The trouble seems to be that there never seems to be a body type that fits – just as trends come and go with pop culture, we are constantly changing what we think is normal and ‘perfect’. I think this is the point to remember – our idea of perfection changes so much because nobody really knows or understands what it actually is. Perfection is very fickle and therefore completely overrated and unobtainable. Beauty is completely conceptual, and just because one person doesn’t define something as beautiful, doesn’t mean that it isn’t. As cliche as it is, I’ve learnt that confidence is actually the most beautiful thing – confidence to be yourself, show your true personality to others, and to create a life that’s true and authentic. Our bodies don’t exist to please men or act as references for other women – our bodies exist for ourselves, for our own journeys.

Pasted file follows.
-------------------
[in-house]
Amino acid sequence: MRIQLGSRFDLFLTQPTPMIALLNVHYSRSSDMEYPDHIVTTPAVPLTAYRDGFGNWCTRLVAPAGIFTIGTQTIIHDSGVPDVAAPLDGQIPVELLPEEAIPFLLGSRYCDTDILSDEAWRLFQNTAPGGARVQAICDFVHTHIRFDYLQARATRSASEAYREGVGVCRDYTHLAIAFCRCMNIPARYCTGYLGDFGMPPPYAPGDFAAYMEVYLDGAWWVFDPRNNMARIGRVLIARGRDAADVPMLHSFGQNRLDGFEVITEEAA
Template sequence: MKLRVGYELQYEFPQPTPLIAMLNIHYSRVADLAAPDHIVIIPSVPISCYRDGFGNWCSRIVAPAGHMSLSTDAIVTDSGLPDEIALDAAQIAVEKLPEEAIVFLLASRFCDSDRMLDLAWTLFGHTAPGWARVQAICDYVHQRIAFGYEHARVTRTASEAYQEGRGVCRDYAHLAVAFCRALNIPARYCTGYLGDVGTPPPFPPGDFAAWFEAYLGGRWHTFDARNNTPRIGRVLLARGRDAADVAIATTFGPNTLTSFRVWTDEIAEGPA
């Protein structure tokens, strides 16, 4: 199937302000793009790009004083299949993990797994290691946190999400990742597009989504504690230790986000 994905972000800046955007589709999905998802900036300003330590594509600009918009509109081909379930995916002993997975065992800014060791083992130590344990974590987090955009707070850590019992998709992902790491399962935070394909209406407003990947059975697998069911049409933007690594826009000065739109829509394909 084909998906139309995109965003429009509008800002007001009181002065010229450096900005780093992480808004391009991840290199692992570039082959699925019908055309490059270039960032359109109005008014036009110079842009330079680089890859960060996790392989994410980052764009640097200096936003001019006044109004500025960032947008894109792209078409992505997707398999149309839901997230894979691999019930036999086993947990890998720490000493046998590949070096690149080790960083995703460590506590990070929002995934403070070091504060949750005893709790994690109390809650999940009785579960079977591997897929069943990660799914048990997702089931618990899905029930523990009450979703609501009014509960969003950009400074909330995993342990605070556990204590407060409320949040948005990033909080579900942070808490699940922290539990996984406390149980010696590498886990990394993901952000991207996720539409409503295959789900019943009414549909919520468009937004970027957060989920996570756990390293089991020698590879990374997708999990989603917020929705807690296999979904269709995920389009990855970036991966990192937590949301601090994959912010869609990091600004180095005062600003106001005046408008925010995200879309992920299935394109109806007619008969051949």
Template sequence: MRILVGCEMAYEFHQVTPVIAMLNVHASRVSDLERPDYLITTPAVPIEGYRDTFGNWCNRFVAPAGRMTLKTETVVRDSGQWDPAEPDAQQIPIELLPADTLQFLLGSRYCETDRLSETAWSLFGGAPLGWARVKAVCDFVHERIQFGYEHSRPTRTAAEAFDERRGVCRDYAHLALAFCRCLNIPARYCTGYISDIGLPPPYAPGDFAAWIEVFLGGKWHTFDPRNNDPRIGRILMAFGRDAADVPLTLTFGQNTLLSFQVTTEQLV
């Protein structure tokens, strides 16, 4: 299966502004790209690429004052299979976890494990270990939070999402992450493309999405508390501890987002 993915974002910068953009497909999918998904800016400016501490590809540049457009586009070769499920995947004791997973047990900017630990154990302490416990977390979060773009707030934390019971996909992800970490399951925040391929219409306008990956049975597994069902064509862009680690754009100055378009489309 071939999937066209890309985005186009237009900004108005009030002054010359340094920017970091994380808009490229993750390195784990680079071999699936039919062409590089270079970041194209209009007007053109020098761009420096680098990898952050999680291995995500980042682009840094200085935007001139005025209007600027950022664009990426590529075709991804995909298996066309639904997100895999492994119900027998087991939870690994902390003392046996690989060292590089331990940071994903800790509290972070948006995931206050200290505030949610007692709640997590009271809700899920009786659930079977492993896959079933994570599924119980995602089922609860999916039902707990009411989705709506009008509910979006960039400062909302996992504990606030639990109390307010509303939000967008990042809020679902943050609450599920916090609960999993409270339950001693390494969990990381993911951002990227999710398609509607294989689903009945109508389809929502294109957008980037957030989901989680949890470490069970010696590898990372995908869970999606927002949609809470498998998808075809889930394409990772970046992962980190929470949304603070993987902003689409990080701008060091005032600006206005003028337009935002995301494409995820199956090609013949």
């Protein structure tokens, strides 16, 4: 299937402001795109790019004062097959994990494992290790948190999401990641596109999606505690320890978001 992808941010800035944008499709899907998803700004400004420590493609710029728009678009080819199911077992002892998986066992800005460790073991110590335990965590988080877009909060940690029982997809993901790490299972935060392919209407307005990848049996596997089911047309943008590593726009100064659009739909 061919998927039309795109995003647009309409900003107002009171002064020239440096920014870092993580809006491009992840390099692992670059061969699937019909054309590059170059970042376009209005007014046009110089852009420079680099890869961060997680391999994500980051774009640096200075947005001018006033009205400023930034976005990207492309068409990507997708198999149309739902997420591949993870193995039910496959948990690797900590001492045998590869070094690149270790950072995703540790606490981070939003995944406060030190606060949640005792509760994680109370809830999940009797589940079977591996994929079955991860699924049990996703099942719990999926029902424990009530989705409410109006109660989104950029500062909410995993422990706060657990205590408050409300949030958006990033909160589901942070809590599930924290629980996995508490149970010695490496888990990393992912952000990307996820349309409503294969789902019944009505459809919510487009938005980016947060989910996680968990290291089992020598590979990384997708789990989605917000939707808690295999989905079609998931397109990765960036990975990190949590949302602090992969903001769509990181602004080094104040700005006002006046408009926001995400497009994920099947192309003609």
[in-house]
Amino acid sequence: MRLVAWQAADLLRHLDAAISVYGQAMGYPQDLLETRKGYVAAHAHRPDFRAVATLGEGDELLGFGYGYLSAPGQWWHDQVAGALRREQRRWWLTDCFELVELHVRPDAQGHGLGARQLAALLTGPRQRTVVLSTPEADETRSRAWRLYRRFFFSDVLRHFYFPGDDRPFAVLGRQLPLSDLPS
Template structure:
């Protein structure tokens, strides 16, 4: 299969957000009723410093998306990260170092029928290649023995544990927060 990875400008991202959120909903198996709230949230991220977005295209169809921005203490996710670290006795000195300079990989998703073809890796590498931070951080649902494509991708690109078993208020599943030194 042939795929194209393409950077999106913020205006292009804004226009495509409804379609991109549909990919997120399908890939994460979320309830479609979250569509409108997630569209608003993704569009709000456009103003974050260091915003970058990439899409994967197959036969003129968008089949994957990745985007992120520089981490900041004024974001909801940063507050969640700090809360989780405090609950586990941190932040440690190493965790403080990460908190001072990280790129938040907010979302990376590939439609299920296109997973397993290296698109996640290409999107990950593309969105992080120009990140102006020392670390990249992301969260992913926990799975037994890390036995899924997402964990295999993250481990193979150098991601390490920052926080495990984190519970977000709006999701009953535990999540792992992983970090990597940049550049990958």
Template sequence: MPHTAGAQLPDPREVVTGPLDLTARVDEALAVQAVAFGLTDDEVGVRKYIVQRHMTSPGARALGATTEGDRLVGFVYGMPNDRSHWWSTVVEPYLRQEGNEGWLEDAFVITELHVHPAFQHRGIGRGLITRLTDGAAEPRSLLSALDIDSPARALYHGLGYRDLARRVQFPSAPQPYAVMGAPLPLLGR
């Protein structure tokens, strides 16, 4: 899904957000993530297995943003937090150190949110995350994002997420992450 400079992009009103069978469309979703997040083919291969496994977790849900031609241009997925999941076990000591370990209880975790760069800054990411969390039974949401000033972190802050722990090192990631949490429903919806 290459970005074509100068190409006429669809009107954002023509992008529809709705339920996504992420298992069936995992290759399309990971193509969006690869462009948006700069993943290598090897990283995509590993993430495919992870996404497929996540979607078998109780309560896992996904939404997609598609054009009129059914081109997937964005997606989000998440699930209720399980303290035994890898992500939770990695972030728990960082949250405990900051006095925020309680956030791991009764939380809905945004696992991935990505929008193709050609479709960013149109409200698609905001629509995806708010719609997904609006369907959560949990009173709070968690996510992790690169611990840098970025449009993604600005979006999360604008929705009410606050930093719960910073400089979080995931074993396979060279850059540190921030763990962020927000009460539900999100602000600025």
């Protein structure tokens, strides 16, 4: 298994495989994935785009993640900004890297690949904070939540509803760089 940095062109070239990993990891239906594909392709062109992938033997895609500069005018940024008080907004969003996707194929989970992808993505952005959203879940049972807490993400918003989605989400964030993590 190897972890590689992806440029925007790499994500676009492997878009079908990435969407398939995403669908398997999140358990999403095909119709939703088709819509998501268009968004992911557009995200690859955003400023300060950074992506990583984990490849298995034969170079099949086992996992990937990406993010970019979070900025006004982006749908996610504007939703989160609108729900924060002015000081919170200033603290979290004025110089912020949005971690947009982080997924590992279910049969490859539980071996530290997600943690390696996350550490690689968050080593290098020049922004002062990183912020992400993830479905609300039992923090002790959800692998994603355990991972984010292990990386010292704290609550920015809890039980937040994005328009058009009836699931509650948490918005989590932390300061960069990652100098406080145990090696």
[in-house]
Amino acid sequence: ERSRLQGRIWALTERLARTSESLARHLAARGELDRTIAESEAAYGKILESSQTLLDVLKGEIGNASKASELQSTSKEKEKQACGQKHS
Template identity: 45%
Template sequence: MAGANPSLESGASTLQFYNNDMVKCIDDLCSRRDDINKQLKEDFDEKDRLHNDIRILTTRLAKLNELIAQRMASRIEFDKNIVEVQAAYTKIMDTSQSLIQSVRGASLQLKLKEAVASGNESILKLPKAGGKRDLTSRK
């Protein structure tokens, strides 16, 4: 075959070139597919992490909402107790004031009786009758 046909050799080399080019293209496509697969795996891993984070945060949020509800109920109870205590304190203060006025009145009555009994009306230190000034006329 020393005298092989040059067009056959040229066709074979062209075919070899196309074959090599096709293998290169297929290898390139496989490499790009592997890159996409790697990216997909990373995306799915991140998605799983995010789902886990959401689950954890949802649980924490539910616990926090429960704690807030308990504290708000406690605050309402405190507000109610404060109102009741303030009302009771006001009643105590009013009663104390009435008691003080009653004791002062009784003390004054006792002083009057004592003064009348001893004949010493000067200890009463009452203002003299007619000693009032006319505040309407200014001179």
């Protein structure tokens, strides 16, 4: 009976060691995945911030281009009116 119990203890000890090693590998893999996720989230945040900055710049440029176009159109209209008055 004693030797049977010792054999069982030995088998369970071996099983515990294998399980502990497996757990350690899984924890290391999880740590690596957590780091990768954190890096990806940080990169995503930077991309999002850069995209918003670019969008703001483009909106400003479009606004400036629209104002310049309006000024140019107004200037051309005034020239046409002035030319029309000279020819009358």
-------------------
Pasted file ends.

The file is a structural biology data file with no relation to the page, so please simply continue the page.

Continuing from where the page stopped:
It’s difficult as a woman, we are often lead to believe that our bodies should take up less space somehow. It’s something I’ve suffered with since I started becoming conscious of my body and caring about how others viewed it. I’ve rationed food, binged on food, and at times just plain avoided it all together. I’ve put my body and mind under considerable stress, and at times felt completely detached from reality. It’s difficult when a large proportion of your life revolves around posting images out there of yourself for others to analyse and critique. Having said that, blogging has also made me feel less attached to my body and how it looks in some ways – being photographed so frequently has almost made me less critical somehow. I know it has the complete opposite effect for some people, which I completely get, but there’s a certain strength in just presenting what you have and who you are – no matter what the consequences. I’ve always had this sense of not allowing myself to be comfortable, not with my work or achievements, and definitely not with my body. I think this is where the majority of unhappiness with the way we view ourselves stems from – we need to learn to appreciate how far we have come and what we have, rather than what we still lust after in the future.